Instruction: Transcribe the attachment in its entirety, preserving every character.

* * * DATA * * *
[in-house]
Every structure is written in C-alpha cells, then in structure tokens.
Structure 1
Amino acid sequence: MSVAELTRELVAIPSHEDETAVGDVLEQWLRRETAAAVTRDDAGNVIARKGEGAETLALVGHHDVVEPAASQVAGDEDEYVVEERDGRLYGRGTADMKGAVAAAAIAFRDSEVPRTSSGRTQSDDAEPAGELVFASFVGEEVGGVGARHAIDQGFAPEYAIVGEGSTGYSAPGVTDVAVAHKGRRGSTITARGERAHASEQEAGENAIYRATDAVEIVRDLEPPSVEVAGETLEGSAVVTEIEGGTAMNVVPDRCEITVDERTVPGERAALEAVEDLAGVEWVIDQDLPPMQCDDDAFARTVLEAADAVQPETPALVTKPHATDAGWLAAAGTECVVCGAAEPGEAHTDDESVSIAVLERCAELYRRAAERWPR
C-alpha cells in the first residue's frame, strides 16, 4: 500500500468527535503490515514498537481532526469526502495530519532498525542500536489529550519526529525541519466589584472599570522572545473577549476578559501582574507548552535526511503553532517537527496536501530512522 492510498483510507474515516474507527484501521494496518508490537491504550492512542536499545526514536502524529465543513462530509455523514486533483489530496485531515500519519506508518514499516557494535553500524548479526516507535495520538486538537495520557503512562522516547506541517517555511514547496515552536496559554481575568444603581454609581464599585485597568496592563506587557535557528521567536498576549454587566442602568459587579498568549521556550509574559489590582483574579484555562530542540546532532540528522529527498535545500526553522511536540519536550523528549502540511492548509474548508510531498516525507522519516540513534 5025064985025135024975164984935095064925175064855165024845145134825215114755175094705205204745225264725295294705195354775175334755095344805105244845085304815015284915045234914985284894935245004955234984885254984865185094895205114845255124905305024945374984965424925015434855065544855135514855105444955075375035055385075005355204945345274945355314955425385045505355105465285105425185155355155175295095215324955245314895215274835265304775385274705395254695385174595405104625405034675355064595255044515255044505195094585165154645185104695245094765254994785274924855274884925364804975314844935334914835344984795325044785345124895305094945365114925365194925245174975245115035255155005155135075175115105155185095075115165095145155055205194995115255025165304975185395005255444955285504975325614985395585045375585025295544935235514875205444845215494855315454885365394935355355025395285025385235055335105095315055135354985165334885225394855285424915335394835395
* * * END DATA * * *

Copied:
[in-house]
Every structure is written in C-alpha cells, then in structure tokens.
Structure 1
Amino acid sequence: MSVAELTRELVAIPSHEDETAVGDVLEQWLRRETAAAVTRDDAGNVIARKGEGAETLALVGHHDVVEPAASQVAGDEDEYVVEERDGRLYGRGTADMKGAVAAAAIAFRDSEVPRTSSGRTQSDDAEPAGELVFASFVGEEVGGVGARHAIDQGFAPEYAIVGEGSTGYSAPGVTDVAVAHKGRRGSTITARGERAHASEQEAGENAIYRATDAVEIVRDLEPPSVEVAGETLEGSAVVTEIEGGTAMNVVPDRCEITVDERTVPGERAALEAVEDLAGVEWVIDQDLPPMQCDDDAFARTVLEAADAVQPETPALVTKPHATDAGWLAAAGTECVVCGAAEPGEAHTDDESVSIAVLERCAELYRRAAERWPR
C-alpha cells in the first residue's frame, strides 16, 4: 500500500468527535503490515514498537481532526469526502495530519532498525542500536489529550519526529525541519466589584472599570522572545473577549476578559501582574507548552535526511503553532517537527496536501530512522 492510498483510507474515516474507527484501521494496518508490537491504550492512542536499545526514536502524529465543513462530509455523514486533483489530496485531515500519519506508518514499516557494535553500524548479526516507535495520538486538537495520557503512562522516547506541517517555511514547496515552536496559554481575568444603581454609581464599585485597568496592563506587557535557528521567536498576549454587566442602568459587579498568549521556550509574559489590582483574579484555562530542540546532532540528522529527498535545500526553522511536540519536550523528549502540511492548509474548508510531498516525507522519516540513534 5025064985025135024975164984935095064925175064855165024845145134825215114755175094705205204745225264725295294705195354775175334755095344805105244845085304815015284915045234914985284894935245004955234984885254984865185094895205114845255124905305024945374984965424925015434855065544855135514855105444955075375035055385075005355204945345274945355314955425385045505355105465285105425185155355155175295095215324955245314895215274835265304775385274705395254695385174595405104625405034675355064595255044515255044505195094585165154645185104695245094765254994785274924855274884925364804975314844935334914835344984795325044785345124895305094945365114925365194925245174975245115035255155005155135075175115105155185095075115165095145155055205194995115255025165304975185395005255444955285504975325614985395585045375585025295544935235514875205444845215494855315454885365394935355355025395285025385235055335105095315055135354985165334885225394855285424915335394835395